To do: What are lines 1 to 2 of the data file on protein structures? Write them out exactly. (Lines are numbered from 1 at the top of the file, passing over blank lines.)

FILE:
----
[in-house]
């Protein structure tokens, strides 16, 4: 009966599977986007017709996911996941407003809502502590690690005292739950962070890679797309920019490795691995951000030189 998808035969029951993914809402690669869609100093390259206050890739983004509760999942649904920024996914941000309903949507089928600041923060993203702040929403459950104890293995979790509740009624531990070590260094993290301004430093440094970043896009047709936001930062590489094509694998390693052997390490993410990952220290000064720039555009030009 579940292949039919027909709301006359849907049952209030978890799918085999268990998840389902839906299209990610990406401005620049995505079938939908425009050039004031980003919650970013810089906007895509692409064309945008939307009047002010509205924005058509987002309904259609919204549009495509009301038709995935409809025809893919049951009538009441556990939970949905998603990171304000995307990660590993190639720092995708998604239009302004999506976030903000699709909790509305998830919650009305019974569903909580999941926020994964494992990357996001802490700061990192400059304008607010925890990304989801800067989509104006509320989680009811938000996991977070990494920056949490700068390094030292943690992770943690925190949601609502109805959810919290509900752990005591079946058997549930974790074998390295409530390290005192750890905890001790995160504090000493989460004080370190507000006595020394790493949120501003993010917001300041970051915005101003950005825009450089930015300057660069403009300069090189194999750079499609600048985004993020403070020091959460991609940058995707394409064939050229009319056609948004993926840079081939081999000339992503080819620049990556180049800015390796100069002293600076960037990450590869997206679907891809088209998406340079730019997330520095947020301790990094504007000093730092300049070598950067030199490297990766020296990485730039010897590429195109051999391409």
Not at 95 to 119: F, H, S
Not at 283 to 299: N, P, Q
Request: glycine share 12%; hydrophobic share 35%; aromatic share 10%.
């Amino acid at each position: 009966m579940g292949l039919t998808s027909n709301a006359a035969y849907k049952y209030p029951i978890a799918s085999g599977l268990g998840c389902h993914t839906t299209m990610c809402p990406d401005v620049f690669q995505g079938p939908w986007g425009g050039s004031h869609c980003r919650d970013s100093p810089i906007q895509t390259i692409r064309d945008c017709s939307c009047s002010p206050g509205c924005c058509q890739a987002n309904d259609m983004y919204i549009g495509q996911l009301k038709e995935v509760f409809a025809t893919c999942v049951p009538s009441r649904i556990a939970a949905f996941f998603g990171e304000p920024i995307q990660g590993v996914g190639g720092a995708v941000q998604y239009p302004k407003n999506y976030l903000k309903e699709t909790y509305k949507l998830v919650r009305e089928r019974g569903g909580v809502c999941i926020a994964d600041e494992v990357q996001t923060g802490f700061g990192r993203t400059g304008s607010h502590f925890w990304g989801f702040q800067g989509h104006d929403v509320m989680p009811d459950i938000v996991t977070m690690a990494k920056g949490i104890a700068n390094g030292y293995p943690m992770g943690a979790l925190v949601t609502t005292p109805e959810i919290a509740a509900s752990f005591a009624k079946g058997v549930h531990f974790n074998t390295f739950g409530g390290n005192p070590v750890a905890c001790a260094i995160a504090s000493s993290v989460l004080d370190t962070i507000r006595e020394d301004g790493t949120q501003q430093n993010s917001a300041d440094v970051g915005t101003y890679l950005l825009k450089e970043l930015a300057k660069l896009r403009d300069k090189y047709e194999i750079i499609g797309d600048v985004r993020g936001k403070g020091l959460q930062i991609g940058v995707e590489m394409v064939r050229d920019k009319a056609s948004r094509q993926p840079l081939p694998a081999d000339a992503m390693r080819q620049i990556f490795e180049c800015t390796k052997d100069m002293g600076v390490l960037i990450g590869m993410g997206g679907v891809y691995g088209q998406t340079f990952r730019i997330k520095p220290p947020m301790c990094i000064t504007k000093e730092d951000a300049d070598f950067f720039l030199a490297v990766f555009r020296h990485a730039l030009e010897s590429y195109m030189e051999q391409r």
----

[in-house]
């Protein structure tokens, strides 16, 4: 009966599977986007017709996911996941407003809502502590690690005292739950962070890679797309920019490795691995951000030189 998808035969029951993914809402690669869609100093390259206050890739983004509760999942649904920024996914941000309903949507089928600041923060993203702040929403459950104890293995979790509740009624531990070590260094993290301004430093440094970043896009047709936001930062590489094509694998390693052997390490993410990952220290000064720039555009030009 579940292949039919027909709301006359849907049952209030978890799918085999268990998840389902839906299209990610990406401005620049995505079938939908425009050039004031980003919650970013810089906007895509692409064309945008939307009047002010509205924005058509987002309904259609919204549009495509009301038709995935409809025809893919049951009538009441556990939970949905998603990171304000995307990660590993190639720092995708998604239009302004999506976030903000699709909790509305998830919650009305019974569903909580999941926020994964494992990357996001802490700061990192400059304008607010925890990304989801800067989509104006509320989680009811938000996991977070990494920056949490700068390094030292943690992770943690925190949601609502109805959810919290509900752990005591079946058997549930974790074998390295409530390290005192750890905890001790995160504090000493989460004080370190507000006595020394790493949120501003993010917001300041970051915005101003950005825009450089930015300057660069403009300069090189194999750079499609600048985004993020403070020091959460991609940058995707394409064939050229009319056609948004993926840079081939081999000339992503080819620049990556180049800015390796100069002293600076960037990450590869997206679907891809088209998406340079730019997330520095947020301790990094504007000093730092300049070598950067030199490297990766020296990485730039010897590429195109051999391409």